A doctor friend of mine once mentioned to me that it is often the throwaway comments a patient makes at the end of a consultation, when he is already halfway through the door, that can indicate a very serious condition. Why does the patient wait until the very end to disclose this information? Is it because he doesn’t think it is relevant, or because he knows that it is, but is afraid to ask?

Either way, the same conundrum faces HR practitioners time and time again. When a manager comes to your office or drops you an email to discuss a “straightforward” dismissal, or wishes to commence performance management or disciplinary action against an employee, it is essential that he knows to disclose every nugget of information whether or not it seems of immediate relevance.

Sure, we would anticipate (or at least hope) that any reasonable manager would mention if the employee in question had just announced that she is pregnant or requested to work flexibly.

But what about matters that a manager may not be particularly keen on mentioning, or perhaps genuinely thinks are irrelevant? Finding out down the line that the employee had recently complained to his manager (however informally) about a salary review or bonus decision; or that there had recently been strained conversations or arguments between the employee and his manager, can make a lot of difference to your initial advice and reactions. Regardless of whether or not these could trigger a whistleblowing claim or allegations of harassment, anything that can reasonably allow an employee to argue that the company’s actions were in retaliation for a previous incident will make HR’s job all the more complicated, and so needs more detailed preparation.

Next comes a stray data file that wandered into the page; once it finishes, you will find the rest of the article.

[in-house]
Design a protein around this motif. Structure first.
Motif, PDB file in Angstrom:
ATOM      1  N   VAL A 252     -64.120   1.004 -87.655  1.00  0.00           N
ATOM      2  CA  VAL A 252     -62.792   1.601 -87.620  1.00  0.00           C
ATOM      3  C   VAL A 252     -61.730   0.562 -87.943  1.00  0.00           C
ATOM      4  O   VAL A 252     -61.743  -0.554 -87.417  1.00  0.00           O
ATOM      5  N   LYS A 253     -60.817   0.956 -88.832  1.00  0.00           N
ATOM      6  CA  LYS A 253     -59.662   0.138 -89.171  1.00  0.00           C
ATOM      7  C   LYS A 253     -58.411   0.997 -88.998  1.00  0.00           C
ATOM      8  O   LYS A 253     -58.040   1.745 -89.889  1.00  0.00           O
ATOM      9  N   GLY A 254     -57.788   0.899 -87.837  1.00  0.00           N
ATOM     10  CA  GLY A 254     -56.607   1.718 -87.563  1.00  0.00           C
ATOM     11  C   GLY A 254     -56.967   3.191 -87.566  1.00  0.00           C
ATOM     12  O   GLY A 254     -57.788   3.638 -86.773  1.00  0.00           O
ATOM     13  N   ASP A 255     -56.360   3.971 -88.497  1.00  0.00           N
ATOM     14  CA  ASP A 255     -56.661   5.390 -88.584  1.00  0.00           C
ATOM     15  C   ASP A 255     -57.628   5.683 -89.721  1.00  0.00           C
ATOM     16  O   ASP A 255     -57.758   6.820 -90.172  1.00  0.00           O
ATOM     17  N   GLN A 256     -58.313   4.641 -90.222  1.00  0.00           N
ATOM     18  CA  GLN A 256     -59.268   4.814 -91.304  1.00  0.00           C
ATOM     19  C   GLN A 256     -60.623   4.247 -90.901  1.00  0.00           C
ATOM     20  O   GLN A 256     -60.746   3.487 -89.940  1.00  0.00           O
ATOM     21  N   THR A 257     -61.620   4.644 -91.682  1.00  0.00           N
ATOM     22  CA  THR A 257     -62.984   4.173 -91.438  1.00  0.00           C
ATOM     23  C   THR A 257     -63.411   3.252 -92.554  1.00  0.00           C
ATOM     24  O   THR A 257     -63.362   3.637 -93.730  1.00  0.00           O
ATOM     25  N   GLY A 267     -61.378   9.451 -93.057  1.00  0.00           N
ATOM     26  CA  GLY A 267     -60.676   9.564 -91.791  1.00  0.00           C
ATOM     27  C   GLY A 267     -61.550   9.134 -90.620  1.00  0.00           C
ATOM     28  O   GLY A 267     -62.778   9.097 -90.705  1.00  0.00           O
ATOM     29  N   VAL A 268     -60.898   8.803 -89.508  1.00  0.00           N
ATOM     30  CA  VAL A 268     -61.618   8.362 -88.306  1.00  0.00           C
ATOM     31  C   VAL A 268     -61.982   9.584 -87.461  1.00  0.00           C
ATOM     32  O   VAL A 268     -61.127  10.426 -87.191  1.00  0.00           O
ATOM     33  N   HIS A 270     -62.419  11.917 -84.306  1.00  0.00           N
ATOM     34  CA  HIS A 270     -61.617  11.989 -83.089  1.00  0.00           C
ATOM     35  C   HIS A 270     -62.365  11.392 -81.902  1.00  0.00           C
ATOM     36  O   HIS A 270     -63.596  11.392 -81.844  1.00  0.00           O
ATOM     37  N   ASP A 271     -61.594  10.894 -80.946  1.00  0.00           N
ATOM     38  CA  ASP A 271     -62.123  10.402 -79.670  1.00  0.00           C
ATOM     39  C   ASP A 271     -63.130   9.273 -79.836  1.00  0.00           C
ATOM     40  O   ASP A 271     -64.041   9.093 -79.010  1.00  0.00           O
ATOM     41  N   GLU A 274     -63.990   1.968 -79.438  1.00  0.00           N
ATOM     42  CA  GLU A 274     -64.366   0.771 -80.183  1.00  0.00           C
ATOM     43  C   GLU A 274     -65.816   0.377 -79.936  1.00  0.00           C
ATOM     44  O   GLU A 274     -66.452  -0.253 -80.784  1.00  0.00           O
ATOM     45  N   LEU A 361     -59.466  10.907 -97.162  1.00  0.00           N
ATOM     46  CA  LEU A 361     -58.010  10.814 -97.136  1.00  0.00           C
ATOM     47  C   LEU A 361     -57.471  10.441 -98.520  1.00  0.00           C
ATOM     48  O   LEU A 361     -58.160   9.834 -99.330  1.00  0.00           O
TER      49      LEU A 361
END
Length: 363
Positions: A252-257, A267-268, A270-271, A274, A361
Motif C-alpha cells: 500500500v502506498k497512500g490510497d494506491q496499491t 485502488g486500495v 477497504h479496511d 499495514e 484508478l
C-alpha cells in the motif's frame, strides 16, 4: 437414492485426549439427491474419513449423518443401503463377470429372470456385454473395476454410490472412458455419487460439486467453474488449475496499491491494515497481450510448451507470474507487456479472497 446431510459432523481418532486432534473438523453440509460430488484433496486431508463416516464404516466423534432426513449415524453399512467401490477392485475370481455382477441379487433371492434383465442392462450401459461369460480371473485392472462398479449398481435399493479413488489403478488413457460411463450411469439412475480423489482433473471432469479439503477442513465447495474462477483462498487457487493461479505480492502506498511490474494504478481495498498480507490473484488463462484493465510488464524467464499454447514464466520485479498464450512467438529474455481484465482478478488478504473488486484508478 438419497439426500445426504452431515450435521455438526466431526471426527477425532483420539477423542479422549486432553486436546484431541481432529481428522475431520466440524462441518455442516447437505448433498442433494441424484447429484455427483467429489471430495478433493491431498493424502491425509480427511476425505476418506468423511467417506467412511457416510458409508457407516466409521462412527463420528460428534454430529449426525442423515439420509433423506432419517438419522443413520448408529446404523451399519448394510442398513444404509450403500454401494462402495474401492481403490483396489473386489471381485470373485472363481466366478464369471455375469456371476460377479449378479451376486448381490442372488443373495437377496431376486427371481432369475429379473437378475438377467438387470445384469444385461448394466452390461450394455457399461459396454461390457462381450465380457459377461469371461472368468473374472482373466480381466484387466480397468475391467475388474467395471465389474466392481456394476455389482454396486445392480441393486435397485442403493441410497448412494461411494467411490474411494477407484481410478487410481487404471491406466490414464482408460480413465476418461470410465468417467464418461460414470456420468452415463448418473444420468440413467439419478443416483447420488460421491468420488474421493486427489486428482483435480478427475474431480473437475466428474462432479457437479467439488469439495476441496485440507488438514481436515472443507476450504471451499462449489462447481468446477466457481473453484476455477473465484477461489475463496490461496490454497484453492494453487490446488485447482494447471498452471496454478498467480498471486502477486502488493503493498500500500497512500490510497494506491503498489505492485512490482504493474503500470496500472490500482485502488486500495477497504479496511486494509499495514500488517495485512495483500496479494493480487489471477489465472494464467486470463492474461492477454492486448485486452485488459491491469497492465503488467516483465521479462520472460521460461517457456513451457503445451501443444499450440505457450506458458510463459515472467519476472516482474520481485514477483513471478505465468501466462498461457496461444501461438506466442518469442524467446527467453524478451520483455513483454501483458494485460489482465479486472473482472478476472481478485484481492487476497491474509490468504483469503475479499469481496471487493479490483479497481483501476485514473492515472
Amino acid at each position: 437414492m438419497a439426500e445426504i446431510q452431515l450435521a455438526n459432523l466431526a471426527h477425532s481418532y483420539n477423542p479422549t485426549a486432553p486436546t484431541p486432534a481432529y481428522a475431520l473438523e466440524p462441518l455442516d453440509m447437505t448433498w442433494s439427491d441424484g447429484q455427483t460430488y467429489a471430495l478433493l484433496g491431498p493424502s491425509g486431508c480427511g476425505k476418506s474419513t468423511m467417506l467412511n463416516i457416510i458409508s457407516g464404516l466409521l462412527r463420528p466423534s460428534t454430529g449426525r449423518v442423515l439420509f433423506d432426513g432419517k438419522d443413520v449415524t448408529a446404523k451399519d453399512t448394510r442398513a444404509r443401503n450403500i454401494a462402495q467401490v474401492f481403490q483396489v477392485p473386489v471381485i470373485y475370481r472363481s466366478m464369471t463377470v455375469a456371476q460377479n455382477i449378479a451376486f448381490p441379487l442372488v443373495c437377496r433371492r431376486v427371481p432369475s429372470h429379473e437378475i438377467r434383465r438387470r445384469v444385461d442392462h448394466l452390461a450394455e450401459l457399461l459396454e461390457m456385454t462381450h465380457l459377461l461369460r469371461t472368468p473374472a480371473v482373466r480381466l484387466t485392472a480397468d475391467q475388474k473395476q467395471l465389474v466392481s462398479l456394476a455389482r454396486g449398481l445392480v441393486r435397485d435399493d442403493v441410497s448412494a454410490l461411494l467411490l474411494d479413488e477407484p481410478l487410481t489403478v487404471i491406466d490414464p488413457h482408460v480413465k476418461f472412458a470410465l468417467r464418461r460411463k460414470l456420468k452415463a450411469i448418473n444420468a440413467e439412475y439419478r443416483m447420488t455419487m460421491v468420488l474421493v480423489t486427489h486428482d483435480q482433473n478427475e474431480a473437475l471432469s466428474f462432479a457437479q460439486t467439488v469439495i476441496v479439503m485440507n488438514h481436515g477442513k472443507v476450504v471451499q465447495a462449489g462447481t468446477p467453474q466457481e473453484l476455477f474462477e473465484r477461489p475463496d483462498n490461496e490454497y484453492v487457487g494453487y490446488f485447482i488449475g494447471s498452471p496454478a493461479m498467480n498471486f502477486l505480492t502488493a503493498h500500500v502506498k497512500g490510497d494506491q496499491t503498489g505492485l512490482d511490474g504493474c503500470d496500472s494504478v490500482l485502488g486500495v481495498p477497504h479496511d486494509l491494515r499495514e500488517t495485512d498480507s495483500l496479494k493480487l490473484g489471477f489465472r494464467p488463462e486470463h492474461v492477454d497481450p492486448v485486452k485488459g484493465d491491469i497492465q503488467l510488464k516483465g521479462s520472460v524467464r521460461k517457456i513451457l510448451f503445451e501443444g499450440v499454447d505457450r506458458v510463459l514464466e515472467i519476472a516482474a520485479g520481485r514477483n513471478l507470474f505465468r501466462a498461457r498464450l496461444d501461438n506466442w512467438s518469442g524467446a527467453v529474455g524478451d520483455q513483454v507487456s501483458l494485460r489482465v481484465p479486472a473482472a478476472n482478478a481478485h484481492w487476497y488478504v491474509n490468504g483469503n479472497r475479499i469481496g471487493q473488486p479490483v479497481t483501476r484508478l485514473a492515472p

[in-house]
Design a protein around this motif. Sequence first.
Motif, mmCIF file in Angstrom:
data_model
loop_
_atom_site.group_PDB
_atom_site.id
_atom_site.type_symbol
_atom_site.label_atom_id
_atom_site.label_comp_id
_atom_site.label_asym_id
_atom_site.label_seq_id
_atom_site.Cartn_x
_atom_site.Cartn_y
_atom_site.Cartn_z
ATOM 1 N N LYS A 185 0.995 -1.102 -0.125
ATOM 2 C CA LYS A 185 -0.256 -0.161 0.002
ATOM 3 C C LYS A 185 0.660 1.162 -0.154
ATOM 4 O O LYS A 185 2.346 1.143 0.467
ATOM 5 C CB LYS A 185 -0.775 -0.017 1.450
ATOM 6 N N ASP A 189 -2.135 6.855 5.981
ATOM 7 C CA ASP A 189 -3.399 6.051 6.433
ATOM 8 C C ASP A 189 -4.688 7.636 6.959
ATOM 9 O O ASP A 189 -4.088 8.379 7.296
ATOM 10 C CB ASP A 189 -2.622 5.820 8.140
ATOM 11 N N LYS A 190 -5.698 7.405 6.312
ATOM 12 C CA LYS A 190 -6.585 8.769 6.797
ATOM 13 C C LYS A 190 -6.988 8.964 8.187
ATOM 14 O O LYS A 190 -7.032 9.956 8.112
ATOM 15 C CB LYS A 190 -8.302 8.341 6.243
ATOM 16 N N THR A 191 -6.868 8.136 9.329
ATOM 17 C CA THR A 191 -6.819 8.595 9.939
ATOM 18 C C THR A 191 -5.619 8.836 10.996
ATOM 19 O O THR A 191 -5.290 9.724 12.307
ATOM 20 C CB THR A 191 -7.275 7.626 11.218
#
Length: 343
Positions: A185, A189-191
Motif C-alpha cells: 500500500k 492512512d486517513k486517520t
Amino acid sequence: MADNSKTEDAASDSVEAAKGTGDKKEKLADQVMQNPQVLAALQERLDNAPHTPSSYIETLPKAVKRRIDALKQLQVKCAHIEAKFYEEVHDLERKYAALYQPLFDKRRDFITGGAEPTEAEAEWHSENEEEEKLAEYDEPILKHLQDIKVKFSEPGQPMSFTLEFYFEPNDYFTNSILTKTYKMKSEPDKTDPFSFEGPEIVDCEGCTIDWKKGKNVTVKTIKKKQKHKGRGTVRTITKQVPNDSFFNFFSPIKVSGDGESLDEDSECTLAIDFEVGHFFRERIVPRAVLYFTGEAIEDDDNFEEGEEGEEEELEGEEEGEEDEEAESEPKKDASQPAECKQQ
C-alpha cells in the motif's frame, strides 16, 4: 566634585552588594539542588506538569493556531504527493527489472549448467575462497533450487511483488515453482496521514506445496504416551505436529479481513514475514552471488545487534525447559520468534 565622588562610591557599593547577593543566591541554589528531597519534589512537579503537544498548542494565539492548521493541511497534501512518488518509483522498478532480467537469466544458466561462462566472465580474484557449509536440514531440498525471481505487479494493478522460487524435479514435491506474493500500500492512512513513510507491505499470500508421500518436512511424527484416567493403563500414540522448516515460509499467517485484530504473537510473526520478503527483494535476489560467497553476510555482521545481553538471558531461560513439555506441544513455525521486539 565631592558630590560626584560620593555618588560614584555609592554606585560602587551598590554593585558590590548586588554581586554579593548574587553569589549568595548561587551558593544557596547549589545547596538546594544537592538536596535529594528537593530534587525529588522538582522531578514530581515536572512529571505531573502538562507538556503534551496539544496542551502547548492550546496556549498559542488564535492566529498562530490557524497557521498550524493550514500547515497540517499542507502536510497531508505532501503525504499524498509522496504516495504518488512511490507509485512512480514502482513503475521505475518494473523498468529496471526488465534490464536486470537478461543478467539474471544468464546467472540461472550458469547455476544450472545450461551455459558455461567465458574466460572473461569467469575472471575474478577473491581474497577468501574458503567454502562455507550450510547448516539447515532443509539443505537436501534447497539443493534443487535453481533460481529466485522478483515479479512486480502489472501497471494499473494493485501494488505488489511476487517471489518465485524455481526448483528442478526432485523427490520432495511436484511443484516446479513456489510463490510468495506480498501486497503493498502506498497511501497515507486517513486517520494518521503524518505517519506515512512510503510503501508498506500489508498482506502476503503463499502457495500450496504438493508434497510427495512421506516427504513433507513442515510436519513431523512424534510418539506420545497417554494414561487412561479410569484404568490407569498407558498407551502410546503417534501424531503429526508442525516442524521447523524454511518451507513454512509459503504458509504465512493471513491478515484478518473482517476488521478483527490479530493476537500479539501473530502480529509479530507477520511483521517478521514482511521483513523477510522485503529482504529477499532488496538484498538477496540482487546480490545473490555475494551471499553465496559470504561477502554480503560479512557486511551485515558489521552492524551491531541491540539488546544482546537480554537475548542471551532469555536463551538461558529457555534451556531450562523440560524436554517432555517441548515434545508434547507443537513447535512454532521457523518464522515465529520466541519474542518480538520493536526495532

And so it rarely hurts to put together a brief checklist of questions to ask your managers in relation to any action they propose that could have a negative impact on the employee in question. Start with the straightforward ones (pregnant? sickness absence? any recent grievance?) and work your way down to less obvious issues (any recent tension in the manager-employee relationship? any issues raised about management style? any recent change in the employee’s behaviour? any relationship issues with other staff? any personal/domestic issues of which the manager is aware?). In short, it is often better to ask all the questions before the deed is done than to assume that the manager knows what’s important to mention. However, there are risks – first, that in asking the question, you may find yourself in receipt of information which you would sooner not have known. You cannot be “convicted” of victimisation or whistle-blowing detriment if you were unaware of the complaint or disclosure. This is more of an issue in theory than in practice since it will generally be the manager taking the action and he did know, and since no-one is likely to believe that the manager did not tell you anyway. Second, what if the employee had asked the manager to keep details of the complaint or pregnancy or domestic issues confidential? Your asking for that information may therefore place the manager in a difficult position.

Ultimately the employee would have little recourse for a disclosure made only to HR and expressly for the purpose of allowing the employer to do the right thing, but in the short term he or she may well not see it that way!